Blissful Bedrooms

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Keosha's room

For the last three years, a group of New York City DIYers have been doing weekend bedroom makeovers for young people in wheelchairs. Blissful Bedrooms, founded by the husband and wife team of photographer Alex Dvoryadkin and physical therapist Martha Gold-Dvoryadkin, has no paid staff. The volunteer group pays for building supplies and materials used for handmade interior decor with donations solicited online.

Blissful Bedrooms celebrates the passions of the disabled youths while making their bedrooms more functional. Wall murals are painted by a team of artists, and store-bought furniture is sometimes modified to better accommodate the needs of people with limited physical movement.

During a December 2010 makeover at a Bronx public housing project, the Blissful Bedrooms crew built a dressing room vanity into the wall so that Keosha Stukes, who has cerebral palsy, can pull her wheelchair in front of it. An iPad holder was attached to the arm of the wheelchair, for the new iPad Stukes was given as part of the makeover. An engineer improvised a pointer attached to a cap so the young woman can use the iPad’s touch screen by moving her head.

Some of the volunteers have serious construction chops. Project manager Adam Seim, 28, worked as a professional carpenter building radio studios before taking a job as a radio engineer at a Manhattan station. Seim was used to a huge woodshop with large power tools and a dust collection system, but now he makes do with a slew of battery-operated power and hand tools that he carts to the makeover apartments.

“You have to work with the bare minimum of tools,” Seim explains as he crouches outside Stukes’ apartment, shortening window blinds with a battery-powered jigsaw. “I’ve learned a lot as a carpenter because of this.”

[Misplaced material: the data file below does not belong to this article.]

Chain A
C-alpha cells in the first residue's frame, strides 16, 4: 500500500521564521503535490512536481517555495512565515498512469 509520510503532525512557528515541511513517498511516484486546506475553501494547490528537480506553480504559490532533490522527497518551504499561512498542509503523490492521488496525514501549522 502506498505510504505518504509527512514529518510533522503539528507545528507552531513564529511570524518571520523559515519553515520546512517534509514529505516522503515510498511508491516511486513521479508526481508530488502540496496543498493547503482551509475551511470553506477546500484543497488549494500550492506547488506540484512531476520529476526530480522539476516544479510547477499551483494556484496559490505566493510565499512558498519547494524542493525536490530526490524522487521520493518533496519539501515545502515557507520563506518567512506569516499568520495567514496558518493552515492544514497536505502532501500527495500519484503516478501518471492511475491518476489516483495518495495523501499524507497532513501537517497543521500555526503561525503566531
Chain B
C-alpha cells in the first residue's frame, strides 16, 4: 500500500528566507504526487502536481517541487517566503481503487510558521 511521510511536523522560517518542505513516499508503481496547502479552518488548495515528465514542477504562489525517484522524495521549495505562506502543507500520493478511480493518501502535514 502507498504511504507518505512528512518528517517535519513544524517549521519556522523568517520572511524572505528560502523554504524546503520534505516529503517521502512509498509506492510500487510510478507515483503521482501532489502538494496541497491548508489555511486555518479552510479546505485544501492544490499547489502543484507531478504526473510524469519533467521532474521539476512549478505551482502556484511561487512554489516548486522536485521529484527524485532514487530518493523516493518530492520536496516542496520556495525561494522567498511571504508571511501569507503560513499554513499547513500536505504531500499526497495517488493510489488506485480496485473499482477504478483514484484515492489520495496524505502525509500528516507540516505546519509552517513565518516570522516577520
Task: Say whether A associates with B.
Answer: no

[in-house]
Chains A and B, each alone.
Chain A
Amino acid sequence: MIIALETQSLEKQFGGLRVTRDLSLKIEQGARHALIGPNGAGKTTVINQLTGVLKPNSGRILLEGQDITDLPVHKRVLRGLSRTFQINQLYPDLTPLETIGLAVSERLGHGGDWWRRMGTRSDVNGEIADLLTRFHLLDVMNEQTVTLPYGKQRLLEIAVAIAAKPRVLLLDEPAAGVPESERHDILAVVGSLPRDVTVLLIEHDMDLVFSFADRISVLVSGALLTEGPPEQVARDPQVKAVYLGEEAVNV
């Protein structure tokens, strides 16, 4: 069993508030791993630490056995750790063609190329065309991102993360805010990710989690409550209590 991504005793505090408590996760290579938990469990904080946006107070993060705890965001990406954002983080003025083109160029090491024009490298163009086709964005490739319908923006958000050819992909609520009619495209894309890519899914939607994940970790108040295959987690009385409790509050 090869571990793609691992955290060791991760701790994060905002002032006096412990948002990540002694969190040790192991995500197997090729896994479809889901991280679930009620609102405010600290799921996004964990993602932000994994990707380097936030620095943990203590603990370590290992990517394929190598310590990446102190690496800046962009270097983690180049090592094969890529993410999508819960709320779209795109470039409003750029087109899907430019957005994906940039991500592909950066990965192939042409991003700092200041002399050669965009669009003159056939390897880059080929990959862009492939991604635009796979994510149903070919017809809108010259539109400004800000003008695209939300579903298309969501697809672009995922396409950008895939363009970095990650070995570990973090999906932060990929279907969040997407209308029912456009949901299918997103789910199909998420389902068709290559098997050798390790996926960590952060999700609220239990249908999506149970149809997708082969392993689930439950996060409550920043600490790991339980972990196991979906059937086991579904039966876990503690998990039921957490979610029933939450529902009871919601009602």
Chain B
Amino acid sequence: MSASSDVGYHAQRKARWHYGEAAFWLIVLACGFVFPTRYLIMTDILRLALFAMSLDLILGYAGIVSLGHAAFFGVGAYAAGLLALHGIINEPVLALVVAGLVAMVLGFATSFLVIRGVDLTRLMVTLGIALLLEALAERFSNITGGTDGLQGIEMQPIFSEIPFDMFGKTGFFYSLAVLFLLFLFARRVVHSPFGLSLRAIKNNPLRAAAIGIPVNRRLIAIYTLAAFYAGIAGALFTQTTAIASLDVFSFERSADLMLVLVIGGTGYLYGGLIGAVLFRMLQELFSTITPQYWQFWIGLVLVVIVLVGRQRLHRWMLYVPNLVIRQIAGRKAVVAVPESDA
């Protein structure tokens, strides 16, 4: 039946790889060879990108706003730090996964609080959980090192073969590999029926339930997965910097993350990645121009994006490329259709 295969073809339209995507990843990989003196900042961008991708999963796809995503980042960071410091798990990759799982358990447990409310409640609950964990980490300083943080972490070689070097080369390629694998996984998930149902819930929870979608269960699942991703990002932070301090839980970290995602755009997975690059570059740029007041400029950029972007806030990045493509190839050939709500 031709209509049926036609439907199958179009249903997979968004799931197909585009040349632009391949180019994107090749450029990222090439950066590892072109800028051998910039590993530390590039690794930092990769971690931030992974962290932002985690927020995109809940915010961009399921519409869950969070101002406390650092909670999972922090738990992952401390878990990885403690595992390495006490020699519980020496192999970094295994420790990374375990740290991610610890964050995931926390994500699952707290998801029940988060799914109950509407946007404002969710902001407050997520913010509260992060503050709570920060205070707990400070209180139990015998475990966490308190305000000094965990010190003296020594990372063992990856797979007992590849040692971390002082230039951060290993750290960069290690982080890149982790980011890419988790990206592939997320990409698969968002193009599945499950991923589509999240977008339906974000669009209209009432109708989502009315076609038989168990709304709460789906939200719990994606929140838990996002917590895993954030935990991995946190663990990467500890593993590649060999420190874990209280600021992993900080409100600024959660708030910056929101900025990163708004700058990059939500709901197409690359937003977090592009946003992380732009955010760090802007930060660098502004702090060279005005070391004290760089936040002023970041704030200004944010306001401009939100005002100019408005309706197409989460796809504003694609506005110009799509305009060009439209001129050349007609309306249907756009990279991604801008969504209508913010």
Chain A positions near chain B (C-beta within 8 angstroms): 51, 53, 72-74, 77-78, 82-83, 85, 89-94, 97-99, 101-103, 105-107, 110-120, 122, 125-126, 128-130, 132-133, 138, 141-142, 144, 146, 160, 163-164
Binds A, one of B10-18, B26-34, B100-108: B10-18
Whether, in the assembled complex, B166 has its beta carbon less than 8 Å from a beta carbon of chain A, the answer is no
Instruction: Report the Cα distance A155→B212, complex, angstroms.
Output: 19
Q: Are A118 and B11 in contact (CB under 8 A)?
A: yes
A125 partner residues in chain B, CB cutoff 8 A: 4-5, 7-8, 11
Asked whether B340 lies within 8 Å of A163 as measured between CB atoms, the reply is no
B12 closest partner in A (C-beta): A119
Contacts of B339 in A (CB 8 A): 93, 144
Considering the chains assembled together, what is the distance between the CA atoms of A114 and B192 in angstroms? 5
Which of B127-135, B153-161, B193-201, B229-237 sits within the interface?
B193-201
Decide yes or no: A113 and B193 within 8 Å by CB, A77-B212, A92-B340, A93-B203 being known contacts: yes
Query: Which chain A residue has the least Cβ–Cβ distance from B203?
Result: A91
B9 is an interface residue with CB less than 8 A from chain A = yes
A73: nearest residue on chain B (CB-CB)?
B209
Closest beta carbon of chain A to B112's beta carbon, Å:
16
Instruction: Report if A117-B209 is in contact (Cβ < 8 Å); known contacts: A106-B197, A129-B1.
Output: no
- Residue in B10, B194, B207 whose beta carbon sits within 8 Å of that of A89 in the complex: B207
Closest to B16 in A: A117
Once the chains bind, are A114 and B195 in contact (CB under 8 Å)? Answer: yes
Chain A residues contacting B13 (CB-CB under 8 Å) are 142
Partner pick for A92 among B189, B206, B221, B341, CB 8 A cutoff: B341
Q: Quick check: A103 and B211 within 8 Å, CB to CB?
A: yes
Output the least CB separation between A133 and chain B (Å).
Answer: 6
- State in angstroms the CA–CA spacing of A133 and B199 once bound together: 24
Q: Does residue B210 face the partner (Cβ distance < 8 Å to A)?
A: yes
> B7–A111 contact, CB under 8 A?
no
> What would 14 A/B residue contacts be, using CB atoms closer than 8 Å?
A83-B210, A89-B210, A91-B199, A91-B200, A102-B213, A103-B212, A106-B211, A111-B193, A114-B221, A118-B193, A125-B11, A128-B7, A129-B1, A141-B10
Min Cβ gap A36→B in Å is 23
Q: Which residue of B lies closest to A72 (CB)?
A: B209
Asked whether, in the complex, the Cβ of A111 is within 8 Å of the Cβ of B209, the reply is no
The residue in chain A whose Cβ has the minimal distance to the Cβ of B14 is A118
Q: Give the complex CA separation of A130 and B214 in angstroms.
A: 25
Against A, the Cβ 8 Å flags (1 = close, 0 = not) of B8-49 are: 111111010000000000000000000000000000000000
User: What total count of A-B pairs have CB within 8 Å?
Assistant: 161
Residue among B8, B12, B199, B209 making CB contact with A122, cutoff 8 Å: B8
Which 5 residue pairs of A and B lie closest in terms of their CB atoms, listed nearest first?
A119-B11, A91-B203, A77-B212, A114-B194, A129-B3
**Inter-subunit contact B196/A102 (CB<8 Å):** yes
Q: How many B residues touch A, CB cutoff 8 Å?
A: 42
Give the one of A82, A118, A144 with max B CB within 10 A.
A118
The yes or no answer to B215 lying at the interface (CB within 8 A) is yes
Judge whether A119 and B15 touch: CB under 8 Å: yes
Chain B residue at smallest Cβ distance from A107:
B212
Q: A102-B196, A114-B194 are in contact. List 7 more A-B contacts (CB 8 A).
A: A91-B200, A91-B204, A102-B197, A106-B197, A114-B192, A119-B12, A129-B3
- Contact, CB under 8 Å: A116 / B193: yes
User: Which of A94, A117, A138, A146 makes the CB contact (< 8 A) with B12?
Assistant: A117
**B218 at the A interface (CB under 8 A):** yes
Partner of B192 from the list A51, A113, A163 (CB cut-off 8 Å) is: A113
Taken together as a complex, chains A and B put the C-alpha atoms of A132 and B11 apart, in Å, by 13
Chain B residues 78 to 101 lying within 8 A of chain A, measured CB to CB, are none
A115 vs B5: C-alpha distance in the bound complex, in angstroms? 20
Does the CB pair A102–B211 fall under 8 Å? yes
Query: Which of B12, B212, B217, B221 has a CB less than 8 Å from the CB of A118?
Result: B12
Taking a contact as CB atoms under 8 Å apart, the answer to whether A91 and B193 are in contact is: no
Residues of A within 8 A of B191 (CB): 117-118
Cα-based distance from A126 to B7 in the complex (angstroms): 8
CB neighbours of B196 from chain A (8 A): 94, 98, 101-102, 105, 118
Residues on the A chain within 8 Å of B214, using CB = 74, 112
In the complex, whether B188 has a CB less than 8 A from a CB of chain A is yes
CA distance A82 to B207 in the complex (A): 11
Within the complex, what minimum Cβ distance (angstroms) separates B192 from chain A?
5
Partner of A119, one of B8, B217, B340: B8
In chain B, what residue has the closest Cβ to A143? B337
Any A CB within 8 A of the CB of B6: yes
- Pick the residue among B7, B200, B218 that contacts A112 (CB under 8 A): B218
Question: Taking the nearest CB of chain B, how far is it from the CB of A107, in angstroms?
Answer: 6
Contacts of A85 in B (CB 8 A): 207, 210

Neighbors on the 10th floor were good-natured about the invasion of the Blissful Bedrooms gang, who used so much of the hallway for construction and fabrication that residents could just barely make it to the elevators and incinerator chute.

Jesus' room

For a makeover with a New York Yankees theme, Cory Mahler, who makes her living designing bedding for kids’ rooms, sewed a bunch of Yankees T-shirts into a bedspread. That Yankees bedroom is in the home of an

20-year-old named Jesus. (He shares the room with his grandfather, who, the record shall note, happens to be a Mets fan.)

The two headboards in the room are custom-made. One was done in the shape of a baseball and the other as the familiar “NY” in the Yankees logo. They were made from medium-density fiberboard cut on CNC machines at a Brooklyn fabrication shop that builds sets for TV shows and concert tours. Both materials and shop time were donated.

Like the reality TV show makeovers, Blissful Bedrooms has a dramatic reveal on Sunday night, when all the work is completed. The group throws a party attended by lots of young people in wheelchairs.

“They don’t get to have these moments, these big milestones,” Gold-Dvoryadkin says of the disabled youths. “This is very intense. The fact that so many cared about them and made them the focus of attention for an entire weekend is incredible for them.”

For more great before and after pictures, go to

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